I find myself at the tail end of this year’s weight loss challenge. And within touching distance of a milestone. That being 100kg lost in total over several years of self-experimentation.

Now I can say with hand on heart this year has been the hardest. Even harder than the first year (7 years ago) where I hadn’t dieted before. And I know the reason why. 

It’s because my goal this year was weight loss. The goal, although a milestone, is a weight loss one. Which has rendered it pretty meaningless. This cements my standpoint that a weight loss goal is redundant.


This year I have persevered through gritted teeth. And the method I use (the reveal a body blueprint) has made it as simple as possible.


But it pales in comparison to using the method plus an emotive goal, like in previous years. I’d never struggled then because they have been motivated by the carrot dangling at the end. 

Carrots like feeling confident on stage, in front of hundreds of people for a bodybuilding competition. Feeling great stood next to my wife for our wedding pictures. Or feeling confident in my swim shorts in the pool with my kids on holiday.

These feeling-based, emotive goals have made the process far easier. Attaching the outcome to a feeling rather than a meaningless number.


So if you are looking to transform your body focus on the reason behind the transformation. Find that emotive reason that has given you a reason to want to change your physique. Have a carrot that means something to you and attach the outcome to that.

Social proofing

Often, I’m tagged in posts by people asking to disprove a fad diet that appears on the internet. One of the tags that caught my attention was from a school friend.


He had tagged me in the post where an influencer chap with a huge following was selling a method for weight loss. Called the 2mealday. The diet approach stated that for weight loss you should only eat two meals a day!


My friend had challenged this hogwash. Stating that the trainer’s method was omitting a meal to create a calorie deficit. The trainer, in his rebuttal, said that this was not the case! He responded by saying ‘If you were on a calorie restriction diet your body would change the way that your metabolism worked!’. He went on to say ‘if you are drip-feeding your body you won’t be able to lose fat’. It was at this point I intervened!


I asked the trainer what was the study/evidence he had developed this premise on. I also asked him about the comments he had made to my friend. Funny enough he didn’t want to discuss the issue on his social media page and asked me to message him.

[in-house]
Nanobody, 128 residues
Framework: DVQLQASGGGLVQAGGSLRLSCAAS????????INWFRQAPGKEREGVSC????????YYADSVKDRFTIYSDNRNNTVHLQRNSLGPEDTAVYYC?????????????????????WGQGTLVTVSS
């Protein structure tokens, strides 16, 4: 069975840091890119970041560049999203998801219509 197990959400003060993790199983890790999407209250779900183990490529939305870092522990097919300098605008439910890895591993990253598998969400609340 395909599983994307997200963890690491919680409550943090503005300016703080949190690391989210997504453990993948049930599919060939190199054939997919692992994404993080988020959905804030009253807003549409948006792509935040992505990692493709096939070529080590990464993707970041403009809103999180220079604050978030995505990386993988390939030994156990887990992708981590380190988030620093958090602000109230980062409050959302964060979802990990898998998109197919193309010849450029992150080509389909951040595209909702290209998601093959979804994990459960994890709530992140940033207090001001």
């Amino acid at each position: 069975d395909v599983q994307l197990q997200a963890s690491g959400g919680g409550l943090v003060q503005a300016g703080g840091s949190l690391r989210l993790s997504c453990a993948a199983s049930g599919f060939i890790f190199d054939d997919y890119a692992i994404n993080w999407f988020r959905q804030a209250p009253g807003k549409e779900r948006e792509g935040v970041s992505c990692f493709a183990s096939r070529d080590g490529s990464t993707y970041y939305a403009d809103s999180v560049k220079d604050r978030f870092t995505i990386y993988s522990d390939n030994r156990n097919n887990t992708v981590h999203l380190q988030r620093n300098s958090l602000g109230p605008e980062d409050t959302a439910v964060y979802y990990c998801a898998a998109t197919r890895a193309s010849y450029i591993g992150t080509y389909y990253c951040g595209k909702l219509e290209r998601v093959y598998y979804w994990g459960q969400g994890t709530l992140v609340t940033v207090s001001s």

I acquiesced to his request and we had a conversation. Which started off with him telling me that there was a study on his website to back up what he was saying. Now, this study I had not seen on any of the scientific literature sites. Which are subject to stringent reviews, peer reviews, and then they’re published on these sites. They are the most credible sources available!


He told me that the study was proof because it was an article published on the internet. He might as well have pulled the article from the Sun newspaper. There was no scientific backing to the article and it wasn’t featured on credible sites.


After some discussion, he admitted that a calorie restriction would reduce fat loss over time. But still claimed his method was superior. My hang-up with this there was no evidence to support his claim. Yet, he was resolute with his standpoint that it had to be two meals a day.


Then I asked him “do you have any qualifications in nutrition“ his response ‘none’. He said he was a coach with a ‘special interest in fasting’. And he had the backing of a qualified person who was part of his business.


He couldn’t see the obvious he was wholly consumed by his belief. That two meals a day is the best way. Despite the empirical evidence that shows that meal frequency is irrelevant.


It was evident that a lot of people had bought into his method due to his large following. This is something called social proofing. People trust or believe them because it is best to go along with the crowd. Rather than question the fact that the person with this following could be an idiot.


But the most important thing to take from this is that meal frequency and timing have no bearing on weight loss. As I tried to get through to the trainer, let’s call him Max.


The most important thing is adherence, sticking to your calorie target daily/weekly! It has to work for you, your diet is very personal, you have cultivated it over years. You like the foods you eat and you have them at the times that are convenient for you, it doesn’t have to be rigid for it to work! In fact, flexibility has been shown to increase adherence.